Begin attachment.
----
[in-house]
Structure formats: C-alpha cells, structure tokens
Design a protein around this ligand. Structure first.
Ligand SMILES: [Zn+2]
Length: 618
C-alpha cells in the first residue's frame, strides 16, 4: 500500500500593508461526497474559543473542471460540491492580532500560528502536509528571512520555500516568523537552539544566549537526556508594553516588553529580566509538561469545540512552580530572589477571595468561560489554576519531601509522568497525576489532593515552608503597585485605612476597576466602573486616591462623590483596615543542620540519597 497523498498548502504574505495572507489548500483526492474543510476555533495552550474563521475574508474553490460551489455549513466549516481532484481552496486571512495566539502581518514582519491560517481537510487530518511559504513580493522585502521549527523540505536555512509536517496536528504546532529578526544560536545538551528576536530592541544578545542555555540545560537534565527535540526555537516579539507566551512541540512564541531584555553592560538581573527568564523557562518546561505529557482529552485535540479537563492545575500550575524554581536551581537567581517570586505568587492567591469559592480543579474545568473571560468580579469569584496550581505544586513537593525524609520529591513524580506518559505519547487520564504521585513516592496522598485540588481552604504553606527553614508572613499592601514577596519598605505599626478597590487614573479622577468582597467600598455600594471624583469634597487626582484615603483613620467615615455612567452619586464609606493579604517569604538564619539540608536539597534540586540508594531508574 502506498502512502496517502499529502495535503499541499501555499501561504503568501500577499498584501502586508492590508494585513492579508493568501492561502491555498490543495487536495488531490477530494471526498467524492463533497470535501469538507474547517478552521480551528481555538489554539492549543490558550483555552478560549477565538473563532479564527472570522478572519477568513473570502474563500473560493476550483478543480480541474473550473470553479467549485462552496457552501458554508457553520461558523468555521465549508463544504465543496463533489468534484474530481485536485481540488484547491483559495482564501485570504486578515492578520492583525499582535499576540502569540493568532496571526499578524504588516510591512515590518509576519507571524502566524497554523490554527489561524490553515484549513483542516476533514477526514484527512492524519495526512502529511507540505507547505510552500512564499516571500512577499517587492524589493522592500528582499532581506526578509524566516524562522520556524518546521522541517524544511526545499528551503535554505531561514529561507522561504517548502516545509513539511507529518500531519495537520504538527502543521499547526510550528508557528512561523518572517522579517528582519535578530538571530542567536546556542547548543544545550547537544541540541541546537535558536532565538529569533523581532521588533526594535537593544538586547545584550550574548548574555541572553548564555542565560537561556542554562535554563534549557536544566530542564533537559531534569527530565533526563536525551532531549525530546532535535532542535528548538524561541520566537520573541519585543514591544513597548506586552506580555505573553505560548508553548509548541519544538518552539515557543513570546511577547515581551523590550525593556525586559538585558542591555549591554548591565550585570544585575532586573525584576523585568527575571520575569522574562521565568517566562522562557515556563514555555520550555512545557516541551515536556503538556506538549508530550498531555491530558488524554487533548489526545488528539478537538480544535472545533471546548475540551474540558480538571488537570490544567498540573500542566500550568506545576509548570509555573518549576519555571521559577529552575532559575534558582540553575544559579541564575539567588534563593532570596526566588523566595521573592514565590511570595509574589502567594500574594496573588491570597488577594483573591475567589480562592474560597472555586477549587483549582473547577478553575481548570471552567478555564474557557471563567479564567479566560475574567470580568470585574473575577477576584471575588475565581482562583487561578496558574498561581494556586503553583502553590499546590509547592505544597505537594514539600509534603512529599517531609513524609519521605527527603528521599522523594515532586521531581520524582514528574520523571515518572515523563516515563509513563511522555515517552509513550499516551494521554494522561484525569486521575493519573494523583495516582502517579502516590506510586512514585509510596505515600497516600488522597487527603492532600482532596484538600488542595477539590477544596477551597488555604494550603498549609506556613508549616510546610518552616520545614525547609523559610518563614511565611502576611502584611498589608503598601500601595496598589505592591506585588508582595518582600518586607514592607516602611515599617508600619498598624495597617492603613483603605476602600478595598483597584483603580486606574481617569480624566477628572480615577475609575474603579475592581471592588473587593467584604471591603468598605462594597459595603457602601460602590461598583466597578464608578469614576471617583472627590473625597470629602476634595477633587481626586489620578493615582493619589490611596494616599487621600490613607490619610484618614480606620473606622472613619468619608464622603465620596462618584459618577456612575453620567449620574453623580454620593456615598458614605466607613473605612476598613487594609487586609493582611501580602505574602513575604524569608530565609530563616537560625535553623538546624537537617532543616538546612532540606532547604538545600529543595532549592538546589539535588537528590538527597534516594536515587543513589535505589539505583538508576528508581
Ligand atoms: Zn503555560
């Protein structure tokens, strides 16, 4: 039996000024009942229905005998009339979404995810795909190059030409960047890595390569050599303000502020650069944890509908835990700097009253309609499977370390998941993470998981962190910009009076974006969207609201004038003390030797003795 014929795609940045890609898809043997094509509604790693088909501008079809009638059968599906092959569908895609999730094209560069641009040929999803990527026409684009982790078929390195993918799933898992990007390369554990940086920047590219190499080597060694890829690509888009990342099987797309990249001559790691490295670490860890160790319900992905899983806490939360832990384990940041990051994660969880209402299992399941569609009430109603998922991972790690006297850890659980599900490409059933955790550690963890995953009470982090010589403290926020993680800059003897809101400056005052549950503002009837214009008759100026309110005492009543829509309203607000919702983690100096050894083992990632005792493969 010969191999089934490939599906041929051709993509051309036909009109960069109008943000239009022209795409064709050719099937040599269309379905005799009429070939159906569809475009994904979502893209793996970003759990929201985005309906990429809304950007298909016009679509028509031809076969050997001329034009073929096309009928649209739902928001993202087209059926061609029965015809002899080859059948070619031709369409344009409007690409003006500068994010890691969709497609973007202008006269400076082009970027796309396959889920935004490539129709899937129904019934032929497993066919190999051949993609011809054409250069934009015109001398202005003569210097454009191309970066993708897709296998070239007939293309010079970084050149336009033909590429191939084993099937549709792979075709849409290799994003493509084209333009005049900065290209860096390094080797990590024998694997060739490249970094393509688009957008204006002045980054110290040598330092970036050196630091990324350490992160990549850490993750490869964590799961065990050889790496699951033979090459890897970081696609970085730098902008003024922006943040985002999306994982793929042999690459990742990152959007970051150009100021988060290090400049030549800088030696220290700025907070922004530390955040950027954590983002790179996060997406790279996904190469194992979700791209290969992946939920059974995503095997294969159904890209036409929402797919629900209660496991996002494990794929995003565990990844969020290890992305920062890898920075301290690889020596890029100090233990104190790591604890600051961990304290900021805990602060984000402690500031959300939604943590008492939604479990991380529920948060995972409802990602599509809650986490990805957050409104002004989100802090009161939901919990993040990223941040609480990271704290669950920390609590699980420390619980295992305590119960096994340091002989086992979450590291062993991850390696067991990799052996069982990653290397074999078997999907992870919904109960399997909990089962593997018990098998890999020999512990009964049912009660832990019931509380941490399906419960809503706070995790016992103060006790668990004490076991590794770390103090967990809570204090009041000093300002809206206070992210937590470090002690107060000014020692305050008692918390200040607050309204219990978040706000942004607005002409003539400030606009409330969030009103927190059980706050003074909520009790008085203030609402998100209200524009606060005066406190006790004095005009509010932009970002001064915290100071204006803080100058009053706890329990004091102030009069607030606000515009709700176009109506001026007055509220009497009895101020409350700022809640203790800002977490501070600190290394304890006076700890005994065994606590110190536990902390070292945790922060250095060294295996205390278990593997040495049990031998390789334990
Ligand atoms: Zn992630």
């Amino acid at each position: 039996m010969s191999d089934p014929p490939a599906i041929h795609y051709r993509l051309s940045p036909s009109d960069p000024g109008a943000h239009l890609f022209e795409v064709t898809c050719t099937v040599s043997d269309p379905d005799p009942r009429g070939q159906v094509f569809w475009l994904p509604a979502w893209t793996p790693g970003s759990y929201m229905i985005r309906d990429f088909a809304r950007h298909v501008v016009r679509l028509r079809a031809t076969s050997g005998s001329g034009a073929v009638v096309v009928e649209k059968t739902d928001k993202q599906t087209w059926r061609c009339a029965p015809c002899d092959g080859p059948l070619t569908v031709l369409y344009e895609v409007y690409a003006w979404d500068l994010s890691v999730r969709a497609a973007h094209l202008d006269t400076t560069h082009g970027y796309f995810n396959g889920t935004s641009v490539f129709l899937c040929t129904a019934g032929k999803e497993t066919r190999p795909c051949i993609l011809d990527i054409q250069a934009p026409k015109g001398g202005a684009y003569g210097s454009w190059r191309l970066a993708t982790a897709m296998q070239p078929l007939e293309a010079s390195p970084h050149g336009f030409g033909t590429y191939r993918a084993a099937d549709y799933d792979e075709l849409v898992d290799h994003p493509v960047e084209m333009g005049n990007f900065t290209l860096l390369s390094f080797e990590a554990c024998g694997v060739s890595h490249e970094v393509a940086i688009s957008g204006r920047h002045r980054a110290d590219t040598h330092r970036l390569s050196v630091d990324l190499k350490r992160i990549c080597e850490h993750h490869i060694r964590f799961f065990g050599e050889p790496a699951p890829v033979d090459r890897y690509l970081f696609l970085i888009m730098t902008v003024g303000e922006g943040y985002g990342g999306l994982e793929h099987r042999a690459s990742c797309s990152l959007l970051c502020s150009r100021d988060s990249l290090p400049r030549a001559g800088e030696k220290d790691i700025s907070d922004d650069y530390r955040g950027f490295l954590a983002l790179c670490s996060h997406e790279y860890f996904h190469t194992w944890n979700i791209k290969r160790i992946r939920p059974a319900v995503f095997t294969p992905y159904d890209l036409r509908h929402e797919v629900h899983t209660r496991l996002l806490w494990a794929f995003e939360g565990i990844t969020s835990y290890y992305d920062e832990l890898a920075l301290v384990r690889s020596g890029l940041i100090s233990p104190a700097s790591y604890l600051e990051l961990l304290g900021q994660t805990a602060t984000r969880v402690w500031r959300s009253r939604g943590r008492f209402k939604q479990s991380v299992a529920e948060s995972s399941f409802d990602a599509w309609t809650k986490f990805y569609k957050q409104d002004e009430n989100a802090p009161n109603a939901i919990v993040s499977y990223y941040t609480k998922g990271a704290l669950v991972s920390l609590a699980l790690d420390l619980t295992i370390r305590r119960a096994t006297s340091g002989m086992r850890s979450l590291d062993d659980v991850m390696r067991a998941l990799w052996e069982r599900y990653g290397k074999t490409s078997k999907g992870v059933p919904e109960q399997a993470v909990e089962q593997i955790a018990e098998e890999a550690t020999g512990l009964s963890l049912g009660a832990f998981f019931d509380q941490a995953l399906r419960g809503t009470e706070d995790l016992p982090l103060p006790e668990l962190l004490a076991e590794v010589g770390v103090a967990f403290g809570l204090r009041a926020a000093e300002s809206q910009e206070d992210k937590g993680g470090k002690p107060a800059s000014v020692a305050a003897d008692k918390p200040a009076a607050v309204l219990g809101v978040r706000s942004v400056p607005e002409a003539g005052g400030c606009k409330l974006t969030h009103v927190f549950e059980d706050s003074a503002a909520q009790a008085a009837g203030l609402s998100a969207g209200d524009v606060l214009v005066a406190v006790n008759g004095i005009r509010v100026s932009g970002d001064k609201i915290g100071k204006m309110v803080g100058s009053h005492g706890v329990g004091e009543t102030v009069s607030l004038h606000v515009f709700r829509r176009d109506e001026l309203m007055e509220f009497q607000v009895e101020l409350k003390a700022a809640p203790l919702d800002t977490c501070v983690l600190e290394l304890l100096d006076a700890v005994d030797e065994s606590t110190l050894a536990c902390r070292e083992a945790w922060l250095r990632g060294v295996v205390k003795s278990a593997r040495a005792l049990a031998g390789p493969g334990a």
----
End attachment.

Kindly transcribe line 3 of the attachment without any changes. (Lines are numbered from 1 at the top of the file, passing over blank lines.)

Design a protein around this ligand. Structure first.